Sure, the KISS rule ("Keep it simple, stupid!") sounds a little harsh, but it's an easy way to remember a universal truth: Processes work best when they aren't overly complicated. One area at risk of overcomplication is application security. This isn't surprising — bugs like Bash and Heartbleed, along with flaws such as the Misfortune Cookie or GHOST, seem to pop up at every turn, making IT professionals and enterprise executives understandably nervous. For enterprises, the result is often a bloated security structure that seems safe by virtue of its complexity, but which actually puts data at risk thanks to multiple vendor layers that don't always overlap. In reality, it's possible to stay safe following a much easier set of rules: be smart, think simple and get secure. Here's how it works.
The first step in protecting your application assets? Be smart. Consider the unfortunate case of Moonpig, a personalized greeting card company. As an International Business Times article noted, a flaw in the company's Android app made it possible for hackers to steal customers' names, birth dates, street addresses and email addresses, along with the last four digits and expiration dates on their credit cards. An app developer contacted Moonpig in 2013 and was told the problem had to do with "legacy code," but when the issue was still unresolved in September of 2014, he brought it to the public. While there's no evidence of compromised accounts, the lack of app security is troubling.
So what happened? Chances are, the company used either third-party code or a third-party provider to design its app security and simply didn't know it wasn't up to snuff. For enterprises, the same temptation exists: Reputable third-party code can slash development times, and if you're using an IoT-capable device supplied by a third party, it's often easier to let that third party handle security as well. Being smart about application security means getting involved and knowing both who's responsible for designing defenses and what's in place to protect your interests. It's no longer enough to plead ignorance, because both black- and white-hat hackers are out to test company networks for possible failure points.
Developing an end-to-end view of application security in your enterprise can easily contribute to the notion of increased complexity — after all, once the sheer number of inward- and outward-facing apps is tallied and the risks assessed, it can often seem like an insurmountable task to secure each one. But consider the repercussions of the Backoff malware: POS machines only peripherally connected to a secure network were ultimately responsible for millions of dollars lost and credit card data stolen.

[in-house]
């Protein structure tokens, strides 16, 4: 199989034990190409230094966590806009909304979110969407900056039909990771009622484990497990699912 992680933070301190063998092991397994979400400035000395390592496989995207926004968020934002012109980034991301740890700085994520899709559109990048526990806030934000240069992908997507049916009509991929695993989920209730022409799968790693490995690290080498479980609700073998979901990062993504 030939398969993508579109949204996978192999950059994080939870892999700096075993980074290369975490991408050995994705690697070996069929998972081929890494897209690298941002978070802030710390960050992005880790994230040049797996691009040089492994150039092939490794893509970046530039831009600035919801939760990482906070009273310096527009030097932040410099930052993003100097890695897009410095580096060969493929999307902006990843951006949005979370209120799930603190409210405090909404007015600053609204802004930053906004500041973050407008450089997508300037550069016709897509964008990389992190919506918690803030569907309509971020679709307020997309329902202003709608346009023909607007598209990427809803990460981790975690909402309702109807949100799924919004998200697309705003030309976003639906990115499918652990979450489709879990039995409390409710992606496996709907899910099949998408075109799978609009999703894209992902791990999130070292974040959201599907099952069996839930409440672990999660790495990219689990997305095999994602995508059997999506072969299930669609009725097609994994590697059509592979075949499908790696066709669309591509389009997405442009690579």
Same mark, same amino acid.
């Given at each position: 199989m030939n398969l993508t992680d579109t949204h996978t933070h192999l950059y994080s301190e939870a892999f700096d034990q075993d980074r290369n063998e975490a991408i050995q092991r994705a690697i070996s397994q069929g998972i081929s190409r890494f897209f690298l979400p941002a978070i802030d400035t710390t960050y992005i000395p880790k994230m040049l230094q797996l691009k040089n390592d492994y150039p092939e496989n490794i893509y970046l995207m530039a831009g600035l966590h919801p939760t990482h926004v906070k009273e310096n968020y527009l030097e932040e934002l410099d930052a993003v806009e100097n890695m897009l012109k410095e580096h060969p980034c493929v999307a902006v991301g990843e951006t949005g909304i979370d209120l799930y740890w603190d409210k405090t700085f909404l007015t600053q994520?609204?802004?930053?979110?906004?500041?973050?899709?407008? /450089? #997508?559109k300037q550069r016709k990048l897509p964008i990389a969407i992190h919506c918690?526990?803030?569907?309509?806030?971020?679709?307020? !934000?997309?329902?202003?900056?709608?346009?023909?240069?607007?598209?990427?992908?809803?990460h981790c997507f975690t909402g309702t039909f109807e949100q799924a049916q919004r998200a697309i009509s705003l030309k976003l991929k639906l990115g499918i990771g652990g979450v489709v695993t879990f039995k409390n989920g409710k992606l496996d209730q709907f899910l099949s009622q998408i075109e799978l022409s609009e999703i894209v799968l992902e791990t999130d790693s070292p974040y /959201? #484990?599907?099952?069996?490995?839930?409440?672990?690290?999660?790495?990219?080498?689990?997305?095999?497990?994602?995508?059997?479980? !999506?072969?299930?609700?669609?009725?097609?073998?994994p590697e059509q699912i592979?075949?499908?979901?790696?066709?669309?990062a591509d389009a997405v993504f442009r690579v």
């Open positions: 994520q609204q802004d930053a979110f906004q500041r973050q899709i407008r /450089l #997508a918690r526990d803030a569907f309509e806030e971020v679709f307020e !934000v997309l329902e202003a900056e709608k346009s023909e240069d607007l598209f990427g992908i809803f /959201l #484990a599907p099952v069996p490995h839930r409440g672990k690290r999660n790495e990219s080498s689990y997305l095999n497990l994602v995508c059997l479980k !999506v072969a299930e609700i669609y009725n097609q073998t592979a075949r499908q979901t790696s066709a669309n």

IT professionals are understandably concerned that a simple approach comes packaged with inherent flaws; after all, no two apps are alike, and they all have different levels of data access, read/write permissions and the ability to communicate outside secure corporate networks. Keeping things simple means recognizing that while applications differ when it comes to function, they're all built on a similar form. By leveraging a cloud-based security solution that scans apps throughout their lifecycles for potential flaws and backdoors, it's possible to achieve both simplicity and an in-depth view of your app landscape.
Once you've identified potential failure points and have an agile detection system in place, the final step in enterprise application defense is enhancing security on an app-by-app basis. Consider the Facebook at Work app. A TechTarget post explains that while there is potential for the social media giant to make business inroads through the app, beta users already have several concerns, including a lack of news feed controls, organizational access to employees' status changes and ambiguities surrounding data governance. There's no clear answer on what Facebook stores and what it doesn't, making it difficult for enterprises in case of an audit or compliance review.
Combating problems from missing features and skipped-over security steps is possible — if enterprises are willing to commit time and energy to smart and simple processes. With the right groundwork in place, IT professionals can devote their time to improving applications rather than chasing down potential flaws.
Want better enterprise application security? Follow the KISS method: be smart about identifying security controls, opt for simplicity when it comes to protecting apps and maximize IT impact by giving them room to work.
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